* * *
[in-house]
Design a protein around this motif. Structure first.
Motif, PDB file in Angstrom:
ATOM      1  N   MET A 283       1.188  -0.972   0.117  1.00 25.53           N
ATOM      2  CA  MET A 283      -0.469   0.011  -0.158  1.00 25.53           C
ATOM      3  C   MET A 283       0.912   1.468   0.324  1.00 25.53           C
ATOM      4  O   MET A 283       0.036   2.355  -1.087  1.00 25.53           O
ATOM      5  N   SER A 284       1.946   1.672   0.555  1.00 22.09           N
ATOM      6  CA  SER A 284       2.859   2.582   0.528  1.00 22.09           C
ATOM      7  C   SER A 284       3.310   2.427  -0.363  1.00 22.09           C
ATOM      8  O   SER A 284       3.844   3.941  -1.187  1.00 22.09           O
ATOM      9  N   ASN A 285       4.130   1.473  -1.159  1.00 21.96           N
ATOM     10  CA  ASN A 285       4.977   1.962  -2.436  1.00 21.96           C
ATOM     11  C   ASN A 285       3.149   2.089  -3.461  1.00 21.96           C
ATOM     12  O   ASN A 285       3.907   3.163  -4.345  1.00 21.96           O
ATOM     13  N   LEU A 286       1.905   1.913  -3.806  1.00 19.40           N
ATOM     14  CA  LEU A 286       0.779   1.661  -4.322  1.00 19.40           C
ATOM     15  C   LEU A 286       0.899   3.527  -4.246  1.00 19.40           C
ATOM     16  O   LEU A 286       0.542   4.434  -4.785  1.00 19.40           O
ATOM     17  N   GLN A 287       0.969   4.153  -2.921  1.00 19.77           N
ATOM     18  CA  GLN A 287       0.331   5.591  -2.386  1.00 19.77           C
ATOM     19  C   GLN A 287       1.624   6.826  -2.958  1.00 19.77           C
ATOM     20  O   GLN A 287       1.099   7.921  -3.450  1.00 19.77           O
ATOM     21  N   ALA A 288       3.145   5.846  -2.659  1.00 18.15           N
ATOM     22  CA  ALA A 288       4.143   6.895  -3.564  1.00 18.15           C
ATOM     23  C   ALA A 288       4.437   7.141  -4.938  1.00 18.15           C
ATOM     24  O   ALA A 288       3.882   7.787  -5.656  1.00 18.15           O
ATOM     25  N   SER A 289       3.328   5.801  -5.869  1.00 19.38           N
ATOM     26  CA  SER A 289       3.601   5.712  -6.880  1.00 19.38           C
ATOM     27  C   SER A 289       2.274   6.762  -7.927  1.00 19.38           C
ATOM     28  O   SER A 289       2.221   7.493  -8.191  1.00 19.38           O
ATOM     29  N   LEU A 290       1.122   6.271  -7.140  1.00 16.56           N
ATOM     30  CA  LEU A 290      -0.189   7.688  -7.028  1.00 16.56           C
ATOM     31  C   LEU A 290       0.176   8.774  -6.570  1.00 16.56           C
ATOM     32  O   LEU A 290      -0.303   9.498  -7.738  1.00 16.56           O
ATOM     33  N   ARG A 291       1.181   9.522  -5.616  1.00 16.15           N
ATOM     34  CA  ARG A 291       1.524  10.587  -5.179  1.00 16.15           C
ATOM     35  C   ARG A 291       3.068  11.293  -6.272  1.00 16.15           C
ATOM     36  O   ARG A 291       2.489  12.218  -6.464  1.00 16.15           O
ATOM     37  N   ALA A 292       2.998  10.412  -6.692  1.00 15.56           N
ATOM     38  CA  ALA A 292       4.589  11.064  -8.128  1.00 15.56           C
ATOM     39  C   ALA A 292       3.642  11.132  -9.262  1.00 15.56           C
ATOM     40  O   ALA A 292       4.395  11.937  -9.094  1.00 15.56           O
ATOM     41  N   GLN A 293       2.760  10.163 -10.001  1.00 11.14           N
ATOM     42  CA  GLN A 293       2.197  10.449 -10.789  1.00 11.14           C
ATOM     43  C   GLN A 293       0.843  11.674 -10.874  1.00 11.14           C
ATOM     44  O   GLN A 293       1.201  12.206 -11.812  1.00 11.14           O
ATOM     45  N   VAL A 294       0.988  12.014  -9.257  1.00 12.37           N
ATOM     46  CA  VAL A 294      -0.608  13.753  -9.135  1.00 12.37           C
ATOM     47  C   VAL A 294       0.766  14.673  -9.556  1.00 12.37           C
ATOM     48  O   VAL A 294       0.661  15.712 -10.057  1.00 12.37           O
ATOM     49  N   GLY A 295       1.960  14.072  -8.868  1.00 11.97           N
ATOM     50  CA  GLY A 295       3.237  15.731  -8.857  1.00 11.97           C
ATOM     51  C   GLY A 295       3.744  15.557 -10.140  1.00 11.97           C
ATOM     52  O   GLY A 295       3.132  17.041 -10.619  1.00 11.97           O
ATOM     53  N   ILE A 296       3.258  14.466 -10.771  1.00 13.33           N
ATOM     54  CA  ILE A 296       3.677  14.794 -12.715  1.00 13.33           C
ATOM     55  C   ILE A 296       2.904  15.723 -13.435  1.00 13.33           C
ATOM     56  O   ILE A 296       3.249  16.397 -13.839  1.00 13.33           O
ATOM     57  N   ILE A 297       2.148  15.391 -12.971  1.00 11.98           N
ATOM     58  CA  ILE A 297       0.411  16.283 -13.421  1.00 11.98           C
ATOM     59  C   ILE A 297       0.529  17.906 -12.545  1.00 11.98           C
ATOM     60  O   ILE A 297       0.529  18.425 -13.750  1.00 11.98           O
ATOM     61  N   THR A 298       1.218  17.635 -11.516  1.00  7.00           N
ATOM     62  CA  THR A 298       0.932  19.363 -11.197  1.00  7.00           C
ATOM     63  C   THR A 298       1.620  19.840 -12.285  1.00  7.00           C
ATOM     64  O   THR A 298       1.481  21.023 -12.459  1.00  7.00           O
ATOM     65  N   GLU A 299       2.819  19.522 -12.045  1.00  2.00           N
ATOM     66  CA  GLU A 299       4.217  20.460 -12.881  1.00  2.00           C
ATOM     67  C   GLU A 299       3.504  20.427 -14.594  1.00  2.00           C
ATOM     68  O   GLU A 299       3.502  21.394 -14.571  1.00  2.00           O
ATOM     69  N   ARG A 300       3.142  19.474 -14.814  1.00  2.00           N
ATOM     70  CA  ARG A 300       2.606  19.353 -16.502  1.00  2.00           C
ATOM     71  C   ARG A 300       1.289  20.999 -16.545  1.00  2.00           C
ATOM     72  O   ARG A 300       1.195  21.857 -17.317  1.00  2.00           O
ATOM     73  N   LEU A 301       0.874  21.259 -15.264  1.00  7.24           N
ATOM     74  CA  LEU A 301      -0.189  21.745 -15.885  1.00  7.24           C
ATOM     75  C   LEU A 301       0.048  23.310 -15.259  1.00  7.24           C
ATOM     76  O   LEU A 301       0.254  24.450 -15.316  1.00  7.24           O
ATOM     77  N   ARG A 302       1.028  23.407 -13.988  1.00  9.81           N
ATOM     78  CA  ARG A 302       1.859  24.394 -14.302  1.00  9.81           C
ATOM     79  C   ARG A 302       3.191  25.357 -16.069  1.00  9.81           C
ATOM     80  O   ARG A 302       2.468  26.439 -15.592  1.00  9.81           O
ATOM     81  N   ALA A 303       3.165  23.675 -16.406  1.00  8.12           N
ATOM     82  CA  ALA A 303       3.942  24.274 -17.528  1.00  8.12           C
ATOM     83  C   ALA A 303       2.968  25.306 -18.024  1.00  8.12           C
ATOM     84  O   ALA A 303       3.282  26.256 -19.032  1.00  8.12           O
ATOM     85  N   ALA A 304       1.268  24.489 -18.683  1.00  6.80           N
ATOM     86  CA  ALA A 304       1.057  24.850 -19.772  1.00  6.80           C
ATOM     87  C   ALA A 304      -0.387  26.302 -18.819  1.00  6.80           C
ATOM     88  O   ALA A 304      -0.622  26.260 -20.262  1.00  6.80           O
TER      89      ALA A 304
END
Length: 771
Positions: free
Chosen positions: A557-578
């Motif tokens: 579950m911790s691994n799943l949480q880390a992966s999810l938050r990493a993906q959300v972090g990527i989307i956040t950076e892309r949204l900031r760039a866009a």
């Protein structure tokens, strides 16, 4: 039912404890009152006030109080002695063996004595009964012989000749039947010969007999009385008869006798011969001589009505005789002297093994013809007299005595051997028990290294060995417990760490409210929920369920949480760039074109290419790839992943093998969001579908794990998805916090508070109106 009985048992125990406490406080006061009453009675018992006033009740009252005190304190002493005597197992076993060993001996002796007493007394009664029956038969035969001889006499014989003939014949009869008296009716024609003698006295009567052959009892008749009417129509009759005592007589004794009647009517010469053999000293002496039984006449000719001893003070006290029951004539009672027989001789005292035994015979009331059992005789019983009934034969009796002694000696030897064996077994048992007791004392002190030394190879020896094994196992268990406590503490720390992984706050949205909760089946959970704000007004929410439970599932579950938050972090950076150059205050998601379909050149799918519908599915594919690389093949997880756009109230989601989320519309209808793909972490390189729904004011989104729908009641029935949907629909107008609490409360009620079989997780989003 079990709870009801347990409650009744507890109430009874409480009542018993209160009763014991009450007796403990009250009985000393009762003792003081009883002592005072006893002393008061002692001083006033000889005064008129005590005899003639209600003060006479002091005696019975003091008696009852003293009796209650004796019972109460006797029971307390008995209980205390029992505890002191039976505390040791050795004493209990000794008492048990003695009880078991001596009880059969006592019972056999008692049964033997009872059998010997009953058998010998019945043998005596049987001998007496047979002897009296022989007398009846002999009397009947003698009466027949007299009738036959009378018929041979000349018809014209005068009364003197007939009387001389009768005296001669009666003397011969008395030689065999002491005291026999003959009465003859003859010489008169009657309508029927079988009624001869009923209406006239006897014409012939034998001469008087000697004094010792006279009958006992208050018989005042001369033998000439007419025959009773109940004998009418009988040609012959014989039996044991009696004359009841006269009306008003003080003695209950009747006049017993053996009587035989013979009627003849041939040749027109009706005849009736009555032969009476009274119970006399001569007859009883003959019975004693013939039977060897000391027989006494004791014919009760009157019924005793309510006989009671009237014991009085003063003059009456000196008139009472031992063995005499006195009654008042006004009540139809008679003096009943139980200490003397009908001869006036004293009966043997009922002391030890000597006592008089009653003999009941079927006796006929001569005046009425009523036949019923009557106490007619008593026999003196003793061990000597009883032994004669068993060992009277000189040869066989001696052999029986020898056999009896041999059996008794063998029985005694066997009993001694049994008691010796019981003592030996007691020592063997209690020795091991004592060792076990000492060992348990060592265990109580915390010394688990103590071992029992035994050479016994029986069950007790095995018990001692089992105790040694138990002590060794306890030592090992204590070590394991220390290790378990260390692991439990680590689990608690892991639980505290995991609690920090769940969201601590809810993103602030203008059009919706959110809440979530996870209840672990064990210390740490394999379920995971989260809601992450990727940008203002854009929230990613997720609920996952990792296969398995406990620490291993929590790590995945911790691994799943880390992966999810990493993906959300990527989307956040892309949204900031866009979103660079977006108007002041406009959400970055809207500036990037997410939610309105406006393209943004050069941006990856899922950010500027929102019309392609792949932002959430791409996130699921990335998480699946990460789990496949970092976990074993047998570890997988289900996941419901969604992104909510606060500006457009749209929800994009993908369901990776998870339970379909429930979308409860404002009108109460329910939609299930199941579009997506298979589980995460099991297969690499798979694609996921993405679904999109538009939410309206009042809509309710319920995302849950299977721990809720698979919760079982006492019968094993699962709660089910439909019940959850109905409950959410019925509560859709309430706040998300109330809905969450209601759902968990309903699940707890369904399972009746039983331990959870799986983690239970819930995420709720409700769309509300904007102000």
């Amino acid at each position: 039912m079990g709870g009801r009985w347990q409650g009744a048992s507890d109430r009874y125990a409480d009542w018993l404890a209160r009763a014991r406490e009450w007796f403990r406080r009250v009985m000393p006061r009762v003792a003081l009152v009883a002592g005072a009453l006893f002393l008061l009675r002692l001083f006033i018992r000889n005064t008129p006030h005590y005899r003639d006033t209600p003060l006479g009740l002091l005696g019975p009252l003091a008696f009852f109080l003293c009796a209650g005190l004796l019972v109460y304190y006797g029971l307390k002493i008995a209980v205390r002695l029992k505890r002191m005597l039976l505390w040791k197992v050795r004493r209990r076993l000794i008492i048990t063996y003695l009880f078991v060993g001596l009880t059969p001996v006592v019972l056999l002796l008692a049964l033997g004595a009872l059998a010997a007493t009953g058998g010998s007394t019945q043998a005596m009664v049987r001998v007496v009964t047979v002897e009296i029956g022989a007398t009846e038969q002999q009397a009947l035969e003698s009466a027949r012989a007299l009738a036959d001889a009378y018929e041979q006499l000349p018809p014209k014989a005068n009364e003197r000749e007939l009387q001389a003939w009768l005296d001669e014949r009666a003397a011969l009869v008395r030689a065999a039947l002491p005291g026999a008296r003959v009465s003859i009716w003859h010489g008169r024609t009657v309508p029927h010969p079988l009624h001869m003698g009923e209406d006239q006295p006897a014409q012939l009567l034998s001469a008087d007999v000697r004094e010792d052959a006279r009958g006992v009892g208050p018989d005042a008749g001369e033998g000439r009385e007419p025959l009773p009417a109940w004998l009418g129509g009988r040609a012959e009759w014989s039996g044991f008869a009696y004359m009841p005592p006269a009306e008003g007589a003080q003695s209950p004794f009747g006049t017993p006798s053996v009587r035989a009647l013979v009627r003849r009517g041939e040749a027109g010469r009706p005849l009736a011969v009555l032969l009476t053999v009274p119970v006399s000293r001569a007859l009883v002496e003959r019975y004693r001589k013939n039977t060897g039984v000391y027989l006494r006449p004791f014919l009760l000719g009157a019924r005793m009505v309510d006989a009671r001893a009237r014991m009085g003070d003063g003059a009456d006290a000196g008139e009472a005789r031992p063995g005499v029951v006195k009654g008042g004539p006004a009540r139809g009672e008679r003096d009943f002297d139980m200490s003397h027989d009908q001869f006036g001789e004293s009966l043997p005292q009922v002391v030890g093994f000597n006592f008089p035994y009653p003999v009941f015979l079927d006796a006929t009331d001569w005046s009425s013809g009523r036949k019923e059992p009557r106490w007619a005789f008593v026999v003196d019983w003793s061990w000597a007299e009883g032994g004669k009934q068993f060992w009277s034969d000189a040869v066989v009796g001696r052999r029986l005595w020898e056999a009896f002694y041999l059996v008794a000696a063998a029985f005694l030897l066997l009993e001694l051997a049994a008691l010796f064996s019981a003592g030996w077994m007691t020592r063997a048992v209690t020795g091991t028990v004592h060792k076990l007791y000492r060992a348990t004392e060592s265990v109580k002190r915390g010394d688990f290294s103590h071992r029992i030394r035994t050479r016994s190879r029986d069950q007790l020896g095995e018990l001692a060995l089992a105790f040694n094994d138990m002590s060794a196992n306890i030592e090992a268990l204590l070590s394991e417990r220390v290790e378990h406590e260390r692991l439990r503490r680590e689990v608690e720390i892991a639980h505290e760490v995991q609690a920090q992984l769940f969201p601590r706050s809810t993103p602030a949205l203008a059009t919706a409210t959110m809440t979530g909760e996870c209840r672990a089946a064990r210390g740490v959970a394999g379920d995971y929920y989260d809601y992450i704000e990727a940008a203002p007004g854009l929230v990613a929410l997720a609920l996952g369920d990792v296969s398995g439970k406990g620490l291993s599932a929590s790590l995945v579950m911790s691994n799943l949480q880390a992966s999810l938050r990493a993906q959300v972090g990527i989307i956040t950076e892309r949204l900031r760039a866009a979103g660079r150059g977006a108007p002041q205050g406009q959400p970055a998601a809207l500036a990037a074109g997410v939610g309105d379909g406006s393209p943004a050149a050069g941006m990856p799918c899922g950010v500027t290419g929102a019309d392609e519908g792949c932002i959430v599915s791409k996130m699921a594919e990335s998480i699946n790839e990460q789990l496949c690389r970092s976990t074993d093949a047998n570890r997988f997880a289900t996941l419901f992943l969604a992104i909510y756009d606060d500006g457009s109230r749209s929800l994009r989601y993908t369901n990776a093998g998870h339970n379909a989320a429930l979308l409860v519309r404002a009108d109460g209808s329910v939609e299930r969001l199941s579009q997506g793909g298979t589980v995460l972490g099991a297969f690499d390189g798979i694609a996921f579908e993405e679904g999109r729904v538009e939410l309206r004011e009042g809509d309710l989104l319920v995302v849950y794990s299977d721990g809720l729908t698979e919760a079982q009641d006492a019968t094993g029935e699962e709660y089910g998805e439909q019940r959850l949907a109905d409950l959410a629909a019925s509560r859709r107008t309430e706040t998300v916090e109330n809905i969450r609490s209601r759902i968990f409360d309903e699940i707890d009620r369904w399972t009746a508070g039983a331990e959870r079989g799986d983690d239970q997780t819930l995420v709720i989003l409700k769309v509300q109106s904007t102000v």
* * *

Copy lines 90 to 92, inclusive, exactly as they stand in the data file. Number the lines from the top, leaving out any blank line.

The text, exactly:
ATOM     87  C   ALA A 304      -0.387  26.302 -18.819  1.00  6.80           C
ATOM     88  O   ALA A 304      -0.622  26.260 -20.262  1.00  6.80           O
TER      89      ALA A 304